Danny Rogers: Global PR networks likely to thrive this year

Now that budgets appear to have turned the corner, it is worth musing on how the PR consultancy sector may restructure during a moderate recovery this year.

Danny Rogers
Danny Rogers

Last week, two former agency bosses - Michael Hayman (ex-The Communications Group) and Nick Giles (ex-Text 100) - launched a new consultancy called Seven Hills. Hayman claimed: 'We are the first significant post-recessionary agency to come out of the UK market.'

He was referring to the theory that recessions traditionally prompt a flurry of new start-ups - because executives become frustrated in big employers; office space and talent become cheaper; and therefore small, flexible consultancies can undercut the big boys but still charge decent fees. Certainly, the last recession saw the creation of Frank, Blue Rubicon, Brands2Life, Tulchan etc, all of which have grown into very strong businesses today.

Will it happen again? It depends on how quickly the big players recover and incentivise their best staff, and, probably more importantly, how easily start-ups can access necessary investment. There is also a big question as to whether potential start-ups could compete in what is an increasingly global PR market, particularly in the corporate and financial area.

On this theme, we are likely to see the truly global PR networks thrive during 2010. Many global brands are looking to rationalise their PR rosters and renegotiate fees with a smaller number of big networks. While Western economies will only grow sluggishly this year, global agencies should also be able to exploit potentially lucrative markets in the BRIC countries, as well as in the next wave of emerging nations such as Mexico, South Korea and South Africa.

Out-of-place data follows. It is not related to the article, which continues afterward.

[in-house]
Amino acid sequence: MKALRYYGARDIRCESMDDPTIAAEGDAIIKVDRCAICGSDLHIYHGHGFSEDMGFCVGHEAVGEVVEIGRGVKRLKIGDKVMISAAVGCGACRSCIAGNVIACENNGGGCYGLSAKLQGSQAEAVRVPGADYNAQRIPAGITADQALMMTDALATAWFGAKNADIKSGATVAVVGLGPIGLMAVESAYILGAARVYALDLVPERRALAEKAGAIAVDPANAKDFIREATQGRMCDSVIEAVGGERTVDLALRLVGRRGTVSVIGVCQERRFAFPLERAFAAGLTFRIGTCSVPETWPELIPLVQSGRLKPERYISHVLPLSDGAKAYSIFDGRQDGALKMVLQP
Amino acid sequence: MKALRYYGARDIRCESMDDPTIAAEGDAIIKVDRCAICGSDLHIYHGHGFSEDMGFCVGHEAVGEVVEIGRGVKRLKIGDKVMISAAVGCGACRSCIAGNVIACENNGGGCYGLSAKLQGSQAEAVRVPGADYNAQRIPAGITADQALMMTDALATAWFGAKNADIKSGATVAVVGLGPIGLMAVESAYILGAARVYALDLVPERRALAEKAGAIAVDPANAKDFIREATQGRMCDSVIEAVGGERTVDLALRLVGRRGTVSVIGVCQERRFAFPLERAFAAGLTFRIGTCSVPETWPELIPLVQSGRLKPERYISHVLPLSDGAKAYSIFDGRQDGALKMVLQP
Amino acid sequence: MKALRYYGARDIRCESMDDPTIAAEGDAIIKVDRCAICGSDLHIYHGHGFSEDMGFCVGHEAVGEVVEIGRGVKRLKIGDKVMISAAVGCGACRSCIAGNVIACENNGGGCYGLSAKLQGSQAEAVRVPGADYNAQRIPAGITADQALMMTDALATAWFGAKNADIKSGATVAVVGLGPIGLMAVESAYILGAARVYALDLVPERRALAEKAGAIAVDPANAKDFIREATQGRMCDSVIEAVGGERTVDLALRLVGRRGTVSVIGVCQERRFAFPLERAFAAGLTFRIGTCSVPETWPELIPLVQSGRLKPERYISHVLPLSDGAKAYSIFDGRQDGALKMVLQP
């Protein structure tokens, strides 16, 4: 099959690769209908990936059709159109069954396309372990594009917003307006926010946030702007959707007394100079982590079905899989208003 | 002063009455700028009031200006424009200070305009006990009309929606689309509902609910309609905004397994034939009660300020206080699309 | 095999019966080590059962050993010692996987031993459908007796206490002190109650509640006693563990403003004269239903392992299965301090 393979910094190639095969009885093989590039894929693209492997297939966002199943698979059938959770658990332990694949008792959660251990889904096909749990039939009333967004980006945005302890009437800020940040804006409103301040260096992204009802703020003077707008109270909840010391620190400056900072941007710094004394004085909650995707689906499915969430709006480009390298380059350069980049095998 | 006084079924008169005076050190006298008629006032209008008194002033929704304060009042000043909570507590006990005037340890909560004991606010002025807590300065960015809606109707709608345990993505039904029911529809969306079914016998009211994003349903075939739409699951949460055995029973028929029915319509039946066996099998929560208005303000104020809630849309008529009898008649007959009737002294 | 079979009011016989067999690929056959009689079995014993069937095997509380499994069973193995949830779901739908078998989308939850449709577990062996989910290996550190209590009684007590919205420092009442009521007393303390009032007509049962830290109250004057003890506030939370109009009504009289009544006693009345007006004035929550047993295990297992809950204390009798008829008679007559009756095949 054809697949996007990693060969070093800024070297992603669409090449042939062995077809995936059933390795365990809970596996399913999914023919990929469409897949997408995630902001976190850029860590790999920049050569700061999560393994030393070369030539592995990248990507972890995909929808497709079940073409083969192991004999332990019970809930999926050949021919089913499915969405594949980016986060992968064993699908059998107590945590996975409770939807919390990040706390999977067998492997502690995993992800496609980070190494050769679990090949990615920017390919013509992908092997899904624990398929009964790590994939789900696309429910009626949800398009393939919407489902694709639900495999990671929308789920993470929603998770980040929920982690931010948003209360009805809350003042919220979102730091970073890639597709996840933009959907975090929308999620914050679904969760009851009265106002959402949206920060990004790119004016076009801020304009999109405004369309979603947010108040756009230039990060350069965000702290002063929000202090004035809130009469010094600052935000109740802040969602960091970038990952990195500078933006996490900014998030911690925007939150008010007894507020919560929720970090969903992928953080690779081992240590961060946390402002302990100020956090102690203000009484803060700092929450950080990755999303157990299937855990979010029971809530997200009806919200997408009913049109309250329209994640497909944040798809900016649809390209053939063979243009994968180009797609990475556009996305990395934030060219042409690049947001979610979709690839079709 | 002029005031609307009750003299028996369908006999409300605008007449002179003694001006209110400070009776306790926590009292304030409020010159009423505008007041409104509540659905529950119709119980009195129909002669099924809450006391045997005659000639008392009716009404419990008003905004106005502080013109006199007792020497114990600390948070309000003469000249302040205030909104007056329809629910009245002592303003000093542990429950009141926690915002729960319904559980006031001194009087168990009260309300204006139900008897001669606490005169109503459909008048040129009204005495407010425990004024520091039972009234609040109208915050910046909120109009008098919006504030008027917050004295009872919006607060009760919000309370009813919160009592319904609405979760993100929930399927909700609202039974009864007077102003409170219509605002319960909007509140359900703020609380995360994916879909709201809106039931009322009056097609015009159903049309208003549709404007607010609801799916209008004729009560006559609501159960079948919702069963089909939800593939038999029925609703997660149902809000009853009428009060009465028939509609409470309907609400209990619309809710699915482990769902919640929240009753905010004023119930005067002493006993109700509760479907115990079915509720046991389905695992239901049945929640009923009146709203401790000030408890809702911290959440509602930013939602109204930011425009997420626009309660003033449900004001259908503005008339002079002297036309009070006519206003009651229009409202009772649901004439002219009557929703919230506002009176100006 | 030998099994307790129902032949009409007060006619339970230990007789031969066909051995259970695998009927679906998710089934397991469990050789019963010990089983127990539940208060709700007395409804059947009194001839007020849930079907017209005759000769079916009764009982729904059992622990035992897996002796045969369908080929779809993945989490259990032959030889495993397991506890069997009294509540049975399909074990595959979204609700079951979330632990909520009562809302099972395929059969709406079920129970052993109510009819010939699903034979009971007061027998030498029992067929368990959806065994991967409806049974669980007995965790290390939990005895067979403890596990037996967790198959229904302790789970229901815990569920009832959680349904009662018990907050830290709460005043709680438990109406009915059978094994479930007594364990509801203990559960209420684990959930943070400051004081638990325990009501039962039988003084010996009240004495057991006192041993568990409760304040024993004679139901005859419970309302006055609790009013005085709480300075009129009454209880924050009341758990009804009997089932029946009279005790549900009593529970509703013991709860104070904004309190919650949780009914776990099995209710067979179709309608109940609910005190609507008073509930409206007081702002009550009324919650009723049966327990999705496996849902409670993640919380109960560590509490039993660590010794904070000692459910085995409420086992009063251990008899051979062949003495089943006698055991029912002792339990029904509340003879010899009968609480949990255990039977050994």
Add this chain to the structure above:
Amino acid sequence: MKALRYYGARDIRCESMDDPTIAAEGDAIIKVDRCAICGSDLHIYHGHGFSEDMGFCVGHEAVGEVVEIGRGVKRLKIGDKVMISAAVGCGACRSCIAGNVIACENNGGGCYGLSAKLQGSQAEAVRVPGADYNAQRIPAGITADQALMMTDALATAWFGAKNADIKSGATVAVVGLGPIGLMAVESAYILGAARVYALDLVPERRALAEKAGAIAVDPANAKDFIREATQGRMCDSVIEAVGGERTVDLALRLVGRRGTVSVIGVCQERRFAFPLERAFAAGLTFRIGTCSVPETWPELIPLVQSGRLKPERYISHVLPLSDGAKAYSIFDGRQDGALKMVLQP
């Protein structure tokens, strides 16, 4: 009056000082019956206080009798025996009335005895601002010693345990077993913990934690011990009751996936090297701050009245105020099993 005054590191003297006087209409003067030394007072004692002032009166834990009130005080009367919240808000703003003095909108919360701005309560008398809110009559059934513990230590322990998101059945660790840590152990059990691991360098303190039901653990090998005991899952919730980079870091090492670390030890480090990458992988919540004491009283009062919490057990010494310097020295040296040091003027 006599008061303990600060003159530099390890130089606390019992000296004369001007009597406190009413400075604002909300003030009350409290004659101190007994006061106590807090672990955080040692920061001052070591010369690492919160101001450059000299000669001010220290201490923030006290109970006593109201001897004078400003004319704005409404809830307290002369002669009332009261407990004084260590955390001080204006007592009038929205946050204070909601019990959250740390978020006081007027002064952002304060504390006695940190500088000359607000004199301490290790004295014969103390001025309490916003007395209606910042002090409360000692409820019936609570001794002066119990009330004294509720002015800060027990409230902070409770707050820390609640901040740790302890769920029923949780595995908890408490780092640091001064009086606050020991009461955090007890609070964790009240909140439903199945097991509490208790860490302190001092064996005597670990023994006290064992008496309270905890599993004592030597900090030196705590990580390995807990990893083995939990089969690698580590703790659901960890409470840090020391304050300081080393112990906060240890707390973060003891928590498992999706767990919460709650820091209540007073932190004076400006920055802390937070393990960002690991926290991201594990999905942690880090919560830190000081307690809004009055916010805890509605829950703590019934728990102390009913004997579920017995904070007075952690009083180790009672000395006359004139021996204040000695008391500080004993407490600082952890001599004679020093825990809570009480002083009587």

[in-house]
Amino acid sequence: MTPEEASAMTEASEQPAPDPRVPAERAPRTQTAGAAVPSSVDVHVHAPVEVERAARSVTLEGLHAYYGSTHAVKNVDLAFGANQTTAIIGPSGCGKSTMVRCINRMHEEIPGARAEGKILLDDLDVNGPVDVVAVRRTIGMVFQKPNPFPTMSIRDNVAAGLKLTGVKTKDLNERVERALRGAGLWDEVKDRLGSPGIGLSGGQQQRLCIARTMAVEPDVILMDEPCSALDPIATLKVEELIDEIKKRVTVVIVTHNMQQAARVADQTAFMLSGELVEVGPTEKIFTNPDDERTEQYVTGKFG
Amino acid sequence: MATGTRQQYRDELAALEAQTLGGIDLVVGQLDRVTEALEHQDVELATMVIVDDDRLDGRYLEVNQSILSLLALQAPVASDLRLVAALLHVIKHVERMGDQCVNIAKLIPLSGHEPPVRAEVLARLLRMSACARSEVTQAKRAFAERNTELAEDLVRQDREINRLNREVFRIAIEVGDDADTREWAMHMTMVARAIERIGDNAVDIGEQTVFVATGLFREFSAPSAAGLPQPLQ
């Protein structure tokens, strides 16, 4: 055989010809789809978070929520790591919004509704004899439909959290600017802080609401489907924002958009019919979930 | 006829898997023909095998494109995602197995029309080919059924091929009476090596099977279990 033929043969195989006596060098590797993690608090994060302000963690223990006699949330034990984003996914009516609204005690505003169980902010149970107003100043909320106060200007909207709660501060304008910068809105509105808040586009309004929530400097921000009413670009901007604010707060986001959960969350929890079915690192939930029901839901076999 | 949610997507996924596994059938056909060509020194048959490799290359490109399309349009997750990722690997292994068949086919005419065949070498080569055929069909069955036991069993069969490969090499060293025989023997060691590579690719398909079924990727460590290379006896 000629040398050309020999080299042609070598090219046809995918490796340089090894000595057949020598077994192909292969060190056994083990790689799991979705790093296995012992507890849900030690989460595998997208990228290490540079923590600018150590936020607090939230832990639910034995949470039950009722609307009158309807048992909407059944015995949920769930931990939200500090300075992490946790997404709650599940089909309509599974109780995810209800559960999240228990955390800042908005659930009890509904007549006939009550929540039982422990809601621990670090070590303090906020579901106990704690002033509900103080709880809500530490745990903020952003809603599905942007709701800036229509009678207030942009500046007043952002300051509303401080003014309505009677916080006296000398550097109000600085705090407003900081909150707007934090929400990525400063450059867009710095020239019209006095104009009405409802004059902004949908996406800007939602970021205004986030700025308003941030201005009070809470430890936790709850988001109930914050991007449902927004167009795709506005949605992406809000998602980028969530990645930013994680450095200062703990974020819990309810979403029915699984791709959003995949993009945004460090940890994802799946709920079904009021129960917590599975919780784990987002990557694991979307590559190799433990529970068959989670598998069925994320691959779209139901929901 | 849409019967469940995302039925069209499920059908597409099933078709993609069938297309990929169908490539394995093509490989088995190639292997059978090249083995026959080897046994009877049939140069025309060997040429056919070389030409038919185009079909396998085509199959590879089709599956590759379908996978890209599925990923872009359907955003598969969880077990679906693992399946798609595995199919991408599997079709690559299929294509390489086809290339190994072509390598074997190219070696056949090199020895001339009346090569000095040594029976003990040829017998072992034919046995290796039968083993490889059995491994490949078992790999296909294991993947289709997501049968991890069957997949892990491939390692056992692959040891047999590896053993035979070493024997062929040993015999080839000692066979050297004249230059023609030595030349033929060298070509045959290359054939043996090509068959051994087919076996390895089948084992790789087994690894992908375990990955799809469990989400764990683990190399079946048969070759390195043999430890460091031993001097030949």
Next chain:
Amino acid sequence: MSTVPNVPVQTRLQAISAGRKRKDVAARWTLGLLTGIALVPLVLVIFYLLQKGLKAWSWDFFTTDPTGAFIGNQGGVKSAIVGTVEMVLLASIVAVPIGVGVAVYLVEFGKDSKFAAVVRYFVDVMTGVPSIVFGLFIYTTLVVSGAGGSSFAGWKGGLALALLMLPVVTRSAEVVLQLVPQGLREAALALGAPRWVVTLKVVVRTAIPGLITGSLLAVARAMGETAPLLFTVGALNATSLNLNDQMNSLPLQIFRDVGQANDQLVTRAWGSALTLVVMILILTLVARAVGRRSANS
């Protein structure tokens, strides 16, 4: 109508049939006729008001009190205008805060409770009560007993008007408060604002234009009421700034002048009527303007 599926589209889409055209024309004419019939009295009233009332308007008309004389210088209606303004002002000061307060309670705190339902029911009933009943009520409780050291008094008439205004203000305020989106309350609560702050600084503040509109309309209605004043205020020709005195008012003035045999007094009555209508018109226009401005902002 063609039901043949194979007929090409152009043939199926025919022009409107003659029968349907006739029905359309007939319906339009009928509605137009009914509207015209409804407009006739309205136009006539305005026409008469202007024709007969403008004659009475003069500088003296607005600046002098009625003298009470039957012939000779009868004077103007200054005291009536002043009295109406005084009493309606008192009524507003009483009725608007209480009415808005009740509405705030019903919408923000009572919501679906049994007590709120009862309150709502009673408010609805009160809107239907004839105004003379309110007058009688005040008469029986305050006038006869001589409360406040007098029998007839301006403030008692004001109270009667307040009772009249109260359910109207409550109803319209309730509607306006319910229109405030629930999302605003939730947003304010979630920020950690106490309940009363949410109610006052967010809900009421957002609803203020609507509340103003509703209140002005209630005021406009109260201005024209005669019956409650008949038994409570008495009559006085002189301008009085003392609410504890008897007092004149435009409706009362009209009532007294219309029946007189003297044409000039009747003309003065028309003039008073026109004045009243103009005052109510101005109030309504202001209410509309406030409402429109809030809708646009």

Hence we have already seen some large-scale consolidation, with Huntsworth merging Trimedia into Grayling, and Publicis Groupe rationalising its agencies.

At the opposite end of the spectrum, many local freelance PR professionals are enjoying a bumper period, as PR agencies farm out project work rather than risk increasing their headcount in an uncertain market.

So we may indeed see a polarised PR industry by the end of the year, with mid-sized agencies squeezed from the trends outlined above. As a result, there may be growing pressure on such agencies to sell up or take a whole new direction, especially if they are not leaders in their own particular niche.

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